Now that the economy has cooled, could auction houses become victims of their own success in propping up the art market? Auction results determine the mood, like it or not. Sotheby’s slick and successful hybrid auction in July 2020 warmed up an industry frozen by the Covid-19 pandemic. Then, in 2022, Christie’s returned the favour in New York with its high-octane sale of works from the collection of the late Microsoft co-founder Paul Allen, keeping the multimillion-dollar engine running.
Auction houses have become the investment banks of the industry, doing more than matching willing sellers to buyers. By lending money against works, structuring guarantees and then re-packaging some of these to third-party investors, they oil the whole market machine. This keeps sales—and thus fees and commissions—turning over. The public nature of auction transactions, even more visible thanks to livestreaming, also signals to the market and beyond that all is well, encouraging more supply and demand.
Or otherwise. Sales from May’s nine evening auctions in New York were down 42% on the previous spring’s season, according to ArtTactic, confirming what we all suspected: the art market is still vulnerable to economic wobbles.
This seems likely to damage the lucrative tools auction houses use behind the scenes to shield art prices from organic market conditions. Guarantees are a prime example. These both entice sellers into the market with a sure deal and prove to anxiety-prone buyers that demand exists. They also provide a tantalising opportunity to art-market financiers; a third-party guarantee means getting either a favourable price for a good work or a tidy profit for absorbing the auction houses’ risk.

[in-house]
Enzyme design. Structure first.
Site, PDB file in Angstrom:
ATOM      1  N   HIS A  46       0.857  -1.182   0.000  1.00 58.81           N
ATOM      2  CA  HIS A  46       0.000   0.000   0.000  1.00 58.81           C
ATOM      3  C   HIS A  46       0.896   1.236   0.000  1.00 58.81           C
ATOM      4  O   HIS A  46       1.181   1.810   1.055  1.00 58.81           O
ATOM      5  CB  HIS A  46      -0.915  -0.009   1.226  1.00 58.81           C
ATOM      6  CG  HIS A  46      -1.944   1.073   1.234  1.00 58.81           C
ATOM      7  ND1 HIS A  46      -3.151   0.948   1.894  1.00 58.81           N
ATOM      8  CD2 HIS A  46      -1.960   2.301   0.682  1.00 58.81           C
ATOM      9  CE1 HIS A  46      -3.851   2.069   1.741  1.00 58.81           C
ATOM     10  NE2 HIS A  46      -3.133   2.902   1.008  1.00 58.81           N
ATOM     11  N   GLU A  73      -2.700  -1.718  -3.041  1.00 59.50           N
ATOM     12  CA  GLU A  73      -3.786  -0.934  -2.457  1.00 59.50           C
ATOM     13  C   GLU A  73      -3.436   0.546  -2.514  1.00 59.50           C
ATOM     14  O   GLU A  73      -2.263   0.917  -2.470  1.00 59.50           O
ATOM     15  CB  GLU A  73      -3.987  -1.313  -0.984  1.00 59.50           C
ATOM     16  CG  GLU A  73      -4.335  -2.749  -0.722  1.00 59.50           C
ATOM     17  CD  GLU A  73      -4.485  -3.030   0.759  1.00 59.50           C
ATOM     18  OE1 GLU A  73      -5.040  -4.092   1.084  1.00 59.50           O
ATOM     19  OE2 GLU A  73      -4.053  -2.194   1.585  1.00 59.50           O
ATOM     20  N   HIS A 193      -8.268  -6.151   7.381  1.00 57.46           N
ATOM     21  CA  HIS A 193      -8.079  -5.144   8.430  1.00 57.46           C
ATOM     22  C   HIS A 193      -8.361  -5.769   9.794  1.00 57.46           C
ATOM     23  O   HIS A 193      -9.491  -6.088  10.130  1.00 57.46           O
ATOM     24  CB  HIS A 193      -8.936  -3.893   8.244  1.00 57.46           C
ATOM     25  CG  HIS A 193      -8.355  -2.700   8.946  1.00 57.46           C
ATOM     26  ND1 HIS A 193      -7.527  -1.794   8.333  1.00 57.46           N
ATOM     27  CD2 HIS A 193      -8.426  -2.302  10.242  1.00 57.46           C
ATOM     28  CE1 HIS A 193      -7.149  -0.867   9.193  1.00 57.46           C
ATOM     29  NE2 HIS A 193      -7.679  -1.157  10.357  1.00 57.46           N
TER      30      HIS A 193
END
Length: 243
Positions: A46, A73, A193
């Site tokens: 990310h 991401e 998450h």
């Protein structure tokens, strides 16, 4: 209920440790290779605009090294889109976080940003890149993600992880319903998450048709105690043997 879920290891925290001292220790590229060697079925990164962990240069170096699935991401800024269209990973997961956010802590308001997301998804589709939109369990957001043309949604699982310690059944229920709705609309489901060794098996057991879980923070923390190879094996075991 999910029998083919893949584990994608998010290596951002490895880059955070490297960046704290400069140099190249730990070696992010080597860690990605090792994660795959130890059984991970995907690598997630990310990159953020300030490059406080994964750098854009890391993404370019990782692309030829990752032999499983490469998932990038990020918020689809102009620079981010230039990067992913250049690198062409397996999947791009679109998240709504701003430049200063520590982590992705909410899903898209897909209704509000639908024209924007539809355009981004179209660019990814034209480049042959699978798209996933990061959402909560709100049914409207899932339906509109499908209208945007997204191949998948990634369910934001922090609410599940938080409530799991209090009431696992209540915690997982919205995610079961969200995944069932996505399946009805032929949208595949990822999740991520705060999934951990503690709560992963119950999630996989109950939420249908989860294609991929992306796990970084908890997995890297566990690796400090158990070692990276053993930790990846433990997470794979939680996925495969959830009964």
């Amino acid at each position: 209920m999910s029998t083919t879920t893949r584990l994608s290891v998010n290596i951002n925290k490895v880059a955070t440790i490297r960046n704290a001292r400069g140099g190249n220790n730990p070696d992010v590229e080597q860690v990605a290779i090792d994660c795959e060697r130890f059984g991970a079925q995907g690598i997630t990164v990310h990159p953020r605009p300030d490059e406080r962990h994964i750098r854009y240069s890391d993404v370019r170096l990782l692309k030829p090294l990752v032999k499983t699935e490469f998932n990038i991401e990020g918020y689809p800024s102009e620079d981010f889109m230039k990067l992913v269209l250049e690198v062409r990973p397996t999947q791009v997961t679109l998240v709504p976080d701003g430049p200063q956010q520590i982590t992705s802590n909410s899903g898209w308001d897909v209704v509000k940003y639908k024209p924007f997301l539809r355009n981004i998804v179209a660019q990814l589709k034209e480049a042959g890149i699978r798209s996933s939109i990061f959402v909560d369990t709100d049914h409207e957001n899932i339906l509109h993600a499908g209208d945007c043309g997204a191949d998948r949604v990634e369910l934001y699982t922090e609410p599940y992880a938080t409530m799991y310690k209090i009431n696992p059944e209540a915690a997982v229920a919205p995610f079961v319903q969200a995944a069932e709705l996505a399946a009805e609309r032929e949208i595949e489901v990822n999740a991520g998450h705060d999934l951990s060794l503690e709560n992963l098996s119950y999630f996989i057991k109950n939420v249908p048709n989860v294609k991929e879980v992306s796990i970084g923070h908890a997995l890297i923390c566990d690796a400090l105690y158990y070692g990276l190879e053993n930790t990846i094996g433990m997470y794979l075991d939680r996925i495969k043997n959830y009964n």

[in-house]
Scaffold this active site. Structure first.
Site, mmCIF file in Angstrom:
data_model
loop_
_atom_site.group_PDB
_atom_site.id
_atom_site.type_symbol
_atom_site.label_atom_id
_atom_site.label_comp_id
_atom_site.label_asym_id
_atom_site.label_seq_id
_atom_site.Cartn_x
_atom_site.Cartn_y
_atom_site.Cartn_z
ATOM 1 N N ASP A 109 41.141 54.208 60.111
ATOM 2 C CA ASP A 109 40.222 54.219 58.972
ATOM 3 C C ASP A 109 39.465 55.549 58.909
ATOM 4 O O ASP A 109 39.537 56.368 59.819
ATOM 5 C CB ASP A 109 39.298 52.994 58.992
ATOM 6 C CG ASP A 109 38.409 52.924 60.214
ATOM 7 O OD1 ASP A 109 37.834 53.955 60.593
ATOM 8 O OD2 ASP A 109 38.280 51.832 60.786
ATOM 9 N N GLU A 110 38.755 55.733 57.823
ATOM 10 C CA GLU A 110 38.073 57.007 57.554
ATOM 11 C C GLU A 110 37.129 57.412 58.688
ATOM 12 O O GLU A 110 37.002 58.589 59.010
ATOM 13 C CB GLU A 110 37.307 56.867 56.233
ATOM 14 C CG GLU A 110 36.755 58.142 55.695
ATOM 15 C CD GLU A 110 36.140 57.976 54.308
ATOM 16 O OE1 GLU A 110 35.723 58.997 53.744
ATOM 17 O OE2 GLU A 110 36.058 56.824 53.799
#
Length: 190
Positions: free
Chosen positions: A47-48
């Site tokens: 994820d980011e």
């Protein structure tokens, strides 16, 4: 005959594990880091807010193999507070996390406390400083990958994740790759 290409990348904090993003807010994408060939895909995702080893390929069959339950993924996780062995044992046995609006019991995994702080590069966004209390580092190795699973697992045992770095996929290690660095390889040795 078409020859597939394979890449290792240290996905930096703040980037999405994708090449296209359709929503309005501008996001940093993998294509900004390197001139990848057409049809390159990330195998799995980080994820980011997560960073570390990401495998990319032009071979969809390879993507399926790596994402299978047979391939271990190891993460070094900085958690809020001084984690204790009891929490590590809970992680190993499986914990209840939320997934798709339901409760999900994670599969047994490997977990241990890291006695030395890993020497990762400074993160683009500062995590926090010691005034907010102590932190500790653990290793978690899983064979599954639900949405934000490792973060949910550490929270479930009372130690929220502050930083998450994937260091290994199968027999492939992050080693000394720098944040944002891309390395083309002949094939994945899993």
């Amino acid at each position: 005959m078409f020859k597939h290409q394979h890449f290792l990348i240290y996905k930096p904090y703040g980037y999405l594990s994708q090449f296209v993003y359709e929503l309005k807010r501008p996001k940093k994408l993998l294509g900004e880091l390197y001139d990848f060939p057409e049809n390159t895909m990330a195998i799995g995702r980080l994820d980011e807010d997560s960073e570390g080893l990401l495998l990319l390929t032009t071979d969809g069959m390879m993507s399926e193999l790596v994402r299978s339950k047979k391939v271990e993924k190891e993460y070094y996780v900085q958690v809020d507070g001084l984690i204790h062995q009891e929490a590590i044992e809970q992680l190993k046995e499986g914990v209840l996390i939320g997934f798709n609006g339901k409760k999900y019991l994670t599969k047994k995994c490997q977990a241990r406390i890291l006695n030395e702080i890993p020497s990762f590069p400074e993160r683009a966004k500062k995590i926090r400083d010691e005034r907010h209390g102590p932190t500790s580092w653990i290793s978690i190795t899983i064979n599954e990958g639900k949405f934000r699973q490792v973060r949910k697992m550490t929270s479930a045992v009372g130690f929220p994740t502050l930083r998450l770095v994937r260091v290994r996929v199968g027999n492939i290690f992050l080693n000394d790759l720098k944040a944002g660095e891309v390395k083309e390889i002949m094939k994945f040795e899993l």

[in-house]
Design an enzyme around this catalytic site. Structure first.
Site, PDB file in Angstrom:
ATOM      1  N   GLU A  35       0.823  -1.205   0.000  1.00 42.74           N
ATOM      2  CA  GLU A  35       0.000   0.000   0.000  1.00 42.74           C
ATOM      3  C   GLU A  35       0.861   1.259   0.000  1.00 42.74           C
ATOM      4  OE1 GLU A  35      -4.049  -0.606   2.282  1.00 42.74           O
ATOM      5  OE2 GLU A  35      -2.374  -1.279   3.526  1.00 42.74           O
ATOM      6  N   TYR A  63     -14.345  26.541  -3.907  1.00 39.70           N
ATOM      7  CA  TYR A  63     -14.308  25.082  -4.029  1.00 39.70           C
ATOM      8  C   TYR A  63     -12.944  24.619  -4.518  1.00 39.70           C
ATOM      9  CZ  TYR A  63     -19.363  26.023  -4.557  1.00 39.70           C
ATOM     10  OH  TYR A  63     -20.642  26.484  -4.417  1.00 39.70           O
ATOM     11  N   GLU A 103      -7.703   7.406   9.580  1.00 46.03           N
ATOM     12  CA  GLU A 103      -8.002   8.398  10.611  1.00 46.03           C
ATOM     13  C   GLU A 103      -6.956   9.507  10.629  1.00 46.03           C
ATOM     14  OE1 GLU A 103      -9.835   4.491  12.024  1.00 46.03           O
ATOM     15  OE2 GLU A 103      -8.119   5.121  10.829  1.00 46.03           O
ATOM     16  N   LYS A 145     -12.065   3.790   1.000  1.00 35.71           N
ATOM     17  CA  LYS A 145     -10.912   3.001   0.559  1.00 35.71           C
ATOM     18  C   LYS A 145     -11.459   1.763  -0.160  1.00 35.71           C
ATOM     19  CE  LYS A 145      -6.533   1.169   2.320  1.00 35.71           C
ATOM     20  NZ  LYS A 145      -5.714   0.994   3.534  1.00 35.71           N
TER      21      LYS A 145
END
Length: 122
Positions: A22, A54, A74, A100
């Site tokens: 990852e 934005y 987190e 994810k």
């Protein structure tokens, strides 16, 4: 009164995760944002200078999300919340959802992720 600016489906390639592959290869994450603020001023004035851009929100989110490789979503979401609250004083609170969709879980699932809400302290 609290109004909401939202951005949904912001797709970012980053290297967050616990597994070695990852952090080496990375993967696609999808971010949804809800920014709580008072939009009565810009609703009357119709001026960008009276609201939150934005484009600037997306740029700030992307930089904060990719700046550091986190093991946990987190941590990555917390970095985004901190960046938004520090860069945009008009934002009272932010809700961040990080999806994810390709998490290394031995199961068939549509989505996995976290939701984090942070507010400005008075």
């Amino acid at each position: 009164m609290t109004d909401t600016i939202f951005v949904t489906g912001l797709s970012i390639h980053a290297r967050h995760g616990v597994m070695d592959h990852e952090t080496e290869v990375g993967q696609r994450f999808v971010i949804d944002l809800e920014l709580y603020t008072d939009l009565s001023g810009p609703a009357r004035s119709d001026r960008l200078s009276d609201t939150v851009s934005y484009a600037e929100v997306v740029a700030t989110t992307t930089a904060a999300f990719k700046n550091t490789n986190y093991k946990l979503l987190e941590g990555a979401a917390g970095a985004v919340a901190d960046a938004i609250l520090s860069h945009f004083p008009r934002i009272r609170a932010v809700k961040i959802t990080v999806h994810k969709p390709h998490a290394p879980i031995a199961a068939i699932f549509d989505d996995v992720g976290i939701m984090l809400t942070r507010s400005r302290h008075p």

Unfortunately, as demonstrated by Christie’s evening auction of Gerald Fineberg’s collection in New York in May—unguaranteed and disappointing—the increased presence of guarantees over the past ten years has become a self-fulfilling prophecy. When they don’t exist, the market gets spooked.
Meanwhile, their average return has shrunk. ArtTactic finds profits from guarantees decreased from 22% in 2021 to 11% in 2022. Its report concludes: “lower margins, coupled with interest rates on the rise and higher risks associated with the economic climate, could deter potential guarantors [in 2023].”
This puts the auction houses in a difficult financial position. Their best tool for boosting supply and pre-sale confidence is becoming less profitable and less persusasive to risk-sharing partners when they most need it to keep their increasingly expensive businesses going.
Lower-priced categories, which rarely command guarantees—including luxury goods, collectibles and fashion items—look to be taking up some of the slack at the moment. Offering sellers alternative incentives, such as a slice of the buyer’s premium, could keep the auction houses’ supply chain stable, albeit at the cost of lower profits. And, as we have seen in cooler periods before, works can be channelled through their private sales teams—though this area faces strong competition from the mega-dealers and sacrifices the PR benefits of public sales.
Auction houses are responsible for putting guarantees and other financial sweeteners in the mix, but right now they might be yearning for simpler times.